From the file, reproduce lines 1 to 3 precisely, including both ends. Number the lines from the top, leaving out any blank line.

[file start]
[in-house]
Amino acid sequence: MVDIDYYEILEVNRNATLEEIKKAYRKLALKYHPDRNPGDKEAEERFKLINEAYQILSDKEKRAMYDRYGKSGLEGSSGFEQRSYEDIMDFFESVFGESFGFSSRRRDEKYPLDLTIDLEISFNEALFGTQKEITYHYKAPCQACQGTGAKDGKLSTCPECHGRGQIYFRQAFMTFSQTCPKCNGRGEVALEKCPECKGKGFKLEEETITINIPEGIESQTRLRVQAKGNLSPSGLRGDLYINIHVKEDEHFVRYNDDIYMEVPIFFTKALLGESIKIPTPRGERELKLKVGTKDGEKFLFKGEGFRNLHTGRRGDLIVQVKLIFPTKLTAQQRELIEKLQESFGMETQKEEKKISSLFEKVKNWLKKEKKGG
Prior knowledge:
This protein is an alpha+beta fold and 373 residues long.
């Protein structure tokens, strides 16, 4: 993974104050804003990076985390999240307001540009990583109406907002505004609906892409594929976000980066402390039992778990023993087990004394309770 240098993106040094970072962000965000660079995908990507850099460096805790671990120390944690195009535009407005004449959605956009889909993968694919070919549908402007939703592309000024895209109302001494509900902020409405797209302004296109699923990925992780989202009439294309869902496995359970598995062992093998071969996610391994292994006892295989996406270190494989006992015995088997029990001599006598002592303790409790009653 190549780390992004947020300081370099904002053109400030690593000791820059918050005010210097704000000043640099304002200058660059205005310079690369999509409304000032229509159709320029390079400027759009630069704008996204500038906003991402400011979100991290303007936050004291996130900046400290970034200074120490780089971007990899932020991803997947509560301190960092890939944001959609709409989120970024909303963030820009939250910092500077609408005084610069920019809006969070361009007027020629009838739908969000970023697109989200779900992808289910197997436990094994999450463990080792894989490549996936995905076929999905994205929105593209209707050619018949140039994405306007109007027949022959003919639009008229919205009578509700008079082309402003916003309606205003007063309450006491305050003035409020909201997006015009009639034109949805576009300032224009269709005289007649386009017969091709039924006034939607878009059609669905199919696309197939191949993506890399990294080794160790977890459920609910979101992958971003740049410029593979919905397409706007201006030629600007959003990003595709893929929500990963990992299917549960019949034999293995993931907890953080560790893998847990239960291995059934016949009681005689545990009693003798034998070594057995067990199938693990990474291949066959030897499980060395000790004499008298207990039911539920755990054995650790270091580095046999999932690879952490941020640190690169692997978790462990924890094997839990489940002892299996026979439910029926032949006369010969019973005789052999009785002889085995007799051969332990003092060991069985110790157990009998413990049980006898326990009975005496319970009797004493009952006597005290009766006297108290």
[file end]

[in-house]
Amino acid sequence: MVDIDYYEILEVNRNATLEEIKKAYRKLALKYHPDRNPGDKEAEERFKLINEAYQILSDKEKRAMYDRYGKSGLEGSSGFEQRSYEDIMDFFESVFGESFGFSSRRRDEKYPLDLTIDLEISFNEALFGTQKEITYHYKAPCQACQGTGAKDGKLSTCPECHGRGQIYFRQAFMTFSQTCPKCNGRGEVALEKCPECKGKGFKLEEETITINIPEGIESQTRLRVQAKGNLSPSGLRGDLYINIHVKEDEHFVRYNDDIYMEVPIFFTKALLGESIKIPTPRGERELKLKVGTKDGEKFLFKGEGFRNLHTGRRGDLIVQVKLIFPTKLTAQQRELIEKLQESFGMETQKEEKKISSLFEKVKNWLKKEKKGG
Prior knowledge: